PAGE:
Yeah.

Was that something that was agreed upon?

I suggested it in the edit that we don’t see the ambulance. It’s just that it’s more fun. So originally, the first shot, we saw the whole ambulance just trundle up and then I suggested, “Oh, it’s a bit more Doctor Who not to see it. Maybe we shouldn’t see it until Doctor Who sees it!” So I wasn’t especially thinking it was going to be a Dalek, but it doesn’t hurt, does it?

In the run-up to the episode being released, you mentioned that you’ve put a lot of things in there for fans and you enjoy getting obscure references in. Is there an Easter egg you don’t think Whovians will get?

I think all the Easter eggs there are, I think they will get. There’s nothing I’ve buried there, it’s all the ones you’d recognize.

Apparently Doctor Who sang “The Skye Boat Song” [as Gatwa’s Doctor does in “Boom”] before as Patrick Troughton [the Second Doctor], but I didn’t know that… (laughs) So that’s not me! [The song featured in the 1968 story “The Web Of Fear” and also in the 2022 special, “The Power of the Doctor” but played by the Doctor’s nemesis, The Master, on that occasion].

Agnes and Millicent are named as the parents of the verger Canto in the episode. Is that a reference to the suffragettes, Agnes Garrett and Millicent Fawcett?

Not, not consciously. You’ve been doing your research but this is very good.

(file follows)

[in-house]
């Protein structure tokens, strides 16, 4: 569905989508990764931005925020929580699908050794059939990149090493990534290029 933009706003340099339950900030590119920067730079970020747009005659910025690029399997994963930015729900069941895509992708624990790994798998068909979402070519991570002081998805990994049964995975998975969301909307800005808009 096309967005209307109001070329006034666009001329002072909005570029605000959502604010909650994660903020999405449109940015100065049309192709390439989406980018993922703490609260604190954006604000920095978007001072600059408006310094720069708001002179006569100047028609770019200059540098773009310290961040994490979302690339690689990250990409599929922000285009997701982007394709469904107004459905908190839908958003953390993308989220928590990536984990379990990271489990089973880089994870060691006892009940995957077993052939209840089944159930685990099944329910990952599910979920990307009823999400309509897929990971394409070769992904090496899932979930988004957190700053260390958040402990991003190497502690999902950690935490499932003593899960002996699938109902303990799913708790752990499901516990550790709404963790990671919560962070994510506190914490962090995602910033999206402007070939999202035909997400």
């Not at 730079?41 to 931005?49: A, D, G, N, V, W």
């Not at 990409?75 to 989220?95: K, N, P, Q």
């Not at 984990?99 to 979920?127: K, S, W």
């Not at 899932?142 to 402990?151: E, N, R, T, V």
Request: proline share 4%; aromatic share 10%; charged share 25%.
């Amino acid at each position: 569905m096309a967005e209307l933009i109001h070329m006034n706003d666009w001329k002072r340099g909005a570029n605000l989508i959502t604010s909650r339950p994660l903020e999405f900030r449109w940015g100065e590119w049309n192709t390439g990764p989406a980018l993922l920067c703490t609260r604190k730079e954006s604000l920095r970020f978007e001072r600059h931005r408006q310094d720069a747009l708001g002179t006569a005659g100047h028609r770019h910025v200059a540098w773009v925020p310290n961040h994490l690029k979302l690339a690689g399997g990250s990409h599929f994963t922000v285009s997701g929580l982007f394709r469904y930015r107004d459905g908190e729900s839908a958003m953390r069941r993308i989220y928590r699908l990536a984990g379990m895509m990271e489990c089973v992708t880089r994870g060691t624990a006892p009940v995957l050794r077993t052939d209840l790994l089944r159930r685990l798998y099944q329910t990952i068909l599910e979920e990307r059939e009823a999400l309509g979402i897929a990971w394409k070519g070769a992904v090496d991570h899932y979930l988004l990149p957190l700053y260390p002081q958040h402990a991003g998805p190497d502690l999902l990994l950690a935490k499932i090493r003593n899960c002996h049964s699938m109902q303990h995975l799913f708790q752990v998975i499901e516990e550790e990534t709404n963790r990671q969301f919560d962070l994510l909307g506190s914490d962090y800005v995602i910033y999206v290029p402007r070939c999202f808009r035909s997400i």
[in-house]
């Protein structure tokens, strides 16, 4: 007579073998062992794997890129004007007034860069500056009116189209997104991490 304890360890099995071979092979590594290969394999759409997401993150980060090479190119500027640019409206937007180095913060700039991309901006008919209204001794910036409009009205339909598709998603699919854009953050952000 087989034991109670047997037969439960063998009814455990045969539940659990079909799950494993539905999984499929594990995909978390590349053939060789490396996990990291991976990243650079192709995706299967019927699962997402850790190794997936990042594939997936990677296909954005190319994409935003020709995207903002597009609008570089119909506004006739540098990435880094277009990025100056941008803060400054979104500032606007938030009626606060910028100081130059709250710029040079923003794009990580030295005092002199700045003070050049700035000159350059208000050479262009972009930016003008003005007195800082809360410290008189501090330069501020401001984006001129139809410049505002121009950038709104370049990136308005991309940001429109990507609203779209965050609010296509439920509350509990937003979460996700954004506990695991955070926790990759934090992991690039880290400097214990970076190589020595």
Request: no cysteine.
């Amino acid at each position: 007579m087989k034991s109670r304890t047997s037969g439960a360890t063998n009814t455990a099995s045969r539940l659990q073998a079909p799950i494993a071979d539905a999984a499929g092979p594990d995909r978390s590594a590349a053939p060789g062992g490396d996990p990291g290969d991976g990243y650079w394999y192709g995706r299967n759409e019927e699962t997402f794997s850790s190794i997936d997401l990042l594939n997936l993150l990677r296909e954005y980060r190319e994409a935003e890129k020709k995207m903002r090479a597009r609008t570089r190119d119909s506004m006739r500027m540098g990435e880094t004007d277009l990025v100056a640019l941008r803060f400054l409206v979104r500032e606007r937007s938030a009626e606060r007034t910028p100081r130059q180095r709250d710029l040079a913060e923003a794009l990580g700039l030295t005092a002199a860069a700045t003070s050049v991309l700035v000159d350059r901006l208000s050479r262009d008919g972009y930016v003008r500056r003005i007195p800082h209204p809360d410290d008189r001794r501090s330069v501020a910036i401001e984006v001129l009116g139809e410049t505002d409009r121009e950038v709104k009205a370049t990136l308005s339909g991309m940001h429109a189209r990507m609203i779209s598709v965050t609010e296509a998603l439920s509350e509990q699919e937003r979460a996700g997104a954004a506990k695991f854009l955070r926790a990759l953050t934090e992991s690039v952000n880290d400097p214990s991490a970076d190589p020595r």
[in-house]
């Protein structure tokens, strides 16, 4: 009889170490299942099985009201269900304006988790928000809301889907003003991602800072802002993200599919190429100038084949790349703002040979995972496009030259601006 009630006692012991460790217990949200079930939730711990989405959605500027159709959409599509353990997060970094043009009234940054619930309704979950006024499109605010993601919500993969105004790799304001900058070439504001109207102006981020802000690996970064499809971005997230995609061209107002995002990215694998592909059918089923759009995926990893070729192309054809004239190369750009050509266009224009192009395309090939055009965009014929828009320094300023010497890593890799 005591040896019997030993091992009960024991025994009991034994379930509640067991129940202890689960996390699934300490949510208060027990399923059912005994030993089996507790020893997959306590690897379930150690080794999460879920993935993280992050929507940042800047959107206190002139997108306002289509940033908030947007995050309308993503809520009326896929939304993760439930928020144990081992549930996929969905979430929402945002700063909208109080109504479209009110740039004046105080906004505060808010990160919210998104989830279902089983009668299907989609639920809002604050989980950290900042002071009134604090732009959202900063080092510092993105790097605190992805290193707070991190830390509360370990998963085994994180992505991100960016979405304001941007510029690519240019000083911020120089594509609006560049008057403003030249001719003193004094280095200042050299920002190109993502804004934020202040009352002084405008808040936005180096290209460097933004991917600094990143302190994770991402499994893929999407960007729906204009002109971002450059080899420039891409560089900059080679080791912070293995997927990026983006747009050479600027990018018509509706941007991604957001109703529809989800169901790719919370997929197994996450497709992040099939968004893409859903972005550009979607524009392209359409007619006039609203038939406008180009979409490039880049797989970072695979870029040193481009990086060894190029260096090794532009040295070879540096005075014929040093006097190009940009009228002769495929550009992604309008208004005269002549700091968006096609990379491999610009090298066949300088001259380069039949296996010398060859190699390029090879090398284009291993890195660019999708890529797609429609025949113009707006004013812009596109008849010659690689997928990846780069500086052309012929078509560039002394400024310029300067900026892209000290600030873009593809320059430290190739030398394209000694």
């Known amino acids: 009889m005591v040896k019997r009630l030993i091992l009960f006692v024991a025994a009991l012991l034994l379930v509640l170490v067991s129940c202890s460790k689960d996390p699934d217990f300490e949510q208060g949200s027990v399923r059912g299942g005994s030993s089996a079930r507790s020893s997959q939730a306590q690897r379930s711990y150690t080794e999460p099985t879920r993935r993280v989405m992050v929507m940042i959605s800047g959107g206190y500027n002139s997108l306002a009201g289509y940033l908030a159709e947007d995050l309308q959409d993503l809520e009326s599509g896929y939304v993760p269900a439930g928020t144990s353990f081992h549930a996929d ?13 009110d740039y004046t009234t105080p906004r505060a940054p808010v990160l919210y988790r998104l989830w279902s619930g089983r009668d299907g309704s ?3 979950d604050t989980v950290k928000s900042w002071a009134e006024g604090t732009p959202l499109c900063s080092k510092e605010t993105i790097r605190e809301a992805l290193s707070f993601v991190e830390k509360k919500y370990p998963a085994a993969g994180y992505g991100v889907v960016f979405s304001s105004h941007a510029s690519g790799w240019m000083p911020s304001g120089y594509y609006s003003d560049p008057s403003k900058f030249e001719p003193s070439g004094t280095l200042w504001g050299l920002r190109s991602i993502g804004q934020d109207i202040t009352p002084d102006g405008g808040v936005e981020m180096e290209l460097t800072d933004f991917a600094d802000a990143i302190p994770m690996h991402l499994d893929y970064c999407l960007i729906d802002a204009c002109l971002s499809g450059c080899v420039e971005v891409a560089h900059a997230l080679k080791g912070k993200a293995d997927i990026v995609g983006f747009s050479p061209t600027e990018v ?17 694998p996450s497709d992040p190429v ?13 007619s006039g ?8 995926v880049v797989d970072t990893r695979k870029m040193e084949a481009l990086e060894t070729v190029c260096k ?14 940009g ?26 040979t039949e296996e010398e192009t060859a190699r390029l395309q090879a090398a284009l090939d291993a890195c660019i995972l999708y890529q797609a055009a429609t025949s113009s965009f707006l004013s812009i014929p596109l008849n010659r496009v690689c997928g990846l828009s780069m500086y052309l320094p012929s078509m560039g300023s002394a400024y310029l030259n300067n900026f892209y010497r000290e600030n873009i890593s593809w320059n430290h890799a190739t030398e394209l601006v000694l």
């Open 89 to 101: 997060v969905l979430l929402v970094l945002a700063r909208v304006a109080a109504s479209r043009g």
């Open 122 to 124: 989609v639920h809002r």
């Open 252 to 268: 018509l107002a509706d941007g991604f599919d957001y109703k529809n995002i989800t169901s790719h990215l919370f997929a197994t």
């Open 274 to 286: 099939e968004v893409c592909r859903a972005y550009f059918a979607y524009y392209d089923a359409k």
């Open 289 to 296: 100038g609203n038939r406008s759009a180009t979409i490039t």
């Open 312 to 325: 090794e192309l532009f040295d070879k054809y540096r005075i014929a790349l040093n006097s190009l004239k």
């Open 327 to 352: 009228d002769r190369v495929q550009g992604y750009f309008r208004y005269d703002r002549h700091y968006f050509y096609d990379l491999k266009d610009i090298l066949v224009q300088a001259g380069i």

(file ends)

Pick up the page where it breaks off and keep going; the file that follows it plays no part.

Also, the date that’s mentioned a few times in “Boom” — Oct. 5 — I wondered if there was a significance? I know you’re a big James Bond fan and that was the date when the very first James Bond film was released in the U.K. (in 1962). 

Was it? (laughs) No, it wasn’t that. I don’t even know why it is October the 5th! I probably had a reason… it’s a while since I wrote it. I’ve been lying for a long time so  I can’t remember why. (laughs) Maybe it was October the 5th when I put that bit in, I don’t know. But you know, I’m old now, Cameron, so I don’t always remember things. (laughs)

That’s funny. It was also the very same day as the first Beatles single “Love Me Do” was released in the U.K. (coincidentally, the Fab Four featured heavily in the season’s previous episode, “The Devil’s Chord”).

Was it? Really?? The actual same day? Wow, what a day! I prefer your version of events. I did not know that. That is wonderful.

Finally, going back Villengard — I couldn’t help but note it’s pronounced differently by various characters in the episode.

(laughs) It’s a space word, Cameron! They say things differently in space. What do you think? It’s coming from a different language. 

Doctor Who, “Boom” is currently available to stream on Disney+ (excluding U.K. and Ireland). New episodes debut weekly on Fridays. Read THR’s take on the two-episode premiere.